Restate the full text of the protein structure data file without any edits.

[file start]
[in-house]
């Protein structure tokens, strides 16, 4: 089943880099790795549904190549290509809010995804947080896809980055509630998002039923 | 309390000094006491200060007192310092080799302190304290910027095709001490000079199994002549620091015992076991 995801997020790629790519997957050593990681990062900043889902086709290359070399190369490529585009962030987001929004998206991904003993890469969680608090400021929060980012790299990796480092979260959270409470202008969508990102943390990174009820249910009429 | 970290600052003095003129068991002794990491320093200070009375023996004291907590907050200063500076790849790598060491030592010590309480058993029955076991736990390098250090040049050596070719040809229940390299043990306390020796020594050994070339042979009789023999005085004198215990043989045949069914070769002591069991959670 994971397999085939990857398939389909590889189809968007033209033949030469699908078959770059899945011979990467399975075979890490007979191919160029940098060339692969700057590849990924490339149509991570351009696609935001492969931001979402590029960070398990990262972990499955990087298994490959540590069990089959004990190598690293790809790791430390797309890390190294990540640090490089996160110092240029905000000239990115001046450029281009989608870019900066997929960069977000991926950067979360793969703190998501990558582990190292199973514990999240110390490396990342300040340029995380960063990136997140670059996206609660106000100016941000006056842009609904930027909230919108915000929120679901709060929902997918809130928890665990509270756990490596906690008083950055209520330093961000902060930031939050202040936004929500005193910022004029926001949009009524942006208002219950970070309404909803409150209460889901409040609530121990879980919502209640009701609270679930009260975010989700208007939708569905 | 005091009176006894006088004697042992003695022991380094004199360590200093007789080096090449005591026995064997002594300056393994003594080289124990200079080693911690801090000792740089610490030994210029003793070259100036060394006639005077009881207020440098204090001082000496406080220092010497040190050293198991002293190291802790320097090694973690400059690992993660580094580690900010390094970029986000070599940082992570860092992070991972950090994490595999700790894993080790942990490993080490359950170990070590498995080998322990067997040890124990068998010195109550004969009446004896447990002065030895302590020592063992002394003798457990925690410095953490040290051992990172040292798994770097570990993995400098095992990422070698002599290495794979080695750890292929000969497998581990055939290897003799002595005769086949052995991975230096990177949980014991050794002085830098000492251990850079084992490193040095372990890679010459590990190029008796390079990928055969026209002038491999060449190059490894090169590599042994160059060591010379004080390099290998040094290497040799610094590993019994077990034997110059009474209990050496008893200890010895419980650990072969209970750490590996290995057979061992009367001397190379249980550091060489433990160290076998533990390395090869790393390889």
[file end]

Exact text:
[in-house]
């Protein structure tokens, strides 16, 4: 089943880099790795549904190549290509809010995804947080896809980055509630998002039923 | 309390000094006491200060007192310092080799302190304290910027095709001490000079199994002549620091015992076991 995801997020790629790519997957050593990681990062900043889902086709290359070399190369490529585009962030987001929004998206991904003993890469969680608090400021929060980012790299990796480092979260959270409470202008969508990102943390990174009820249910009429 | 970290600052003095003129068991002794990491320093200070009375023996004291907590907050200063500076790849790598060491030592010590309480058993029955076991736990390098250090040049050596070719040809229940390299043990306390020796020594050994070339042979009789023999005085004198215990043989045949069914070769002591069991959670 994971397999085939990857398939389909590889189809968007033209033949030469699908078959770059899945011979990467399975075979890490007979191919160029940098060339692969700057590849990924490339149509991570351009696609935001492969931001979402590029960070398990990262972990499955990087298994490959540590069990089959004990190598690293790809790791430390797309890390190294990540640090490089996160110092240029905000000239990115001046450029281009989608870019900066997929960069977000991926950067979360793969703190998501990558582990190292199973514990999240110390490396990342300040340029995380960063990136997140670059996206609660106000100016941000006056842009609904930027909230919108915000929120679901709060929902997918809130928890665990509270756990490596906690008083950055209520330093961000902060930031939050202040936004929500005193910022004029926001949009009524942006208002219950970070309404909803409150209460889901409040609530121990879980919502209640009701609270679930009260975010989700208007939708569905 | 005091009176006894006088004697042992003695022991380094004199360590200093007789080096090449005591026995064997002594300056393994003594080289124990200079080693911690801090000792740089610490030994210029003793070259100036060394006639005077009881207020440098204090001082000496406080220092010497040190050293198991002293190291802790320097090694973690400059690992993660580094580690900010390094970029986000070599940082992570860092992070991972950090994490595999700790894993080790942990490993080490359950170990070590498995080998322990067997040890124990068998010195109550004969009446004896447990002065030895302590020592063992002394003798457990925690410095953490040290051992990172040292798994770097570990993995400098095992990422070698002599290495794979080695750890292929000969497998581990055939290897003799002595005769086949052995991975230096990177949980014991050794002085830098000492251990850079084992490193040095372990890679010459590990190029008796390079990928055969026209002038491999060449190059490894090169590599042994160059060591010379004080390099290998040094290497040799610094590993019994077990034997110059009474209990050496008893200890010895419980650990072969209970750490590996290995057979061992009367001397190379249980550091060489433990160290076998533990390395090869790393390889």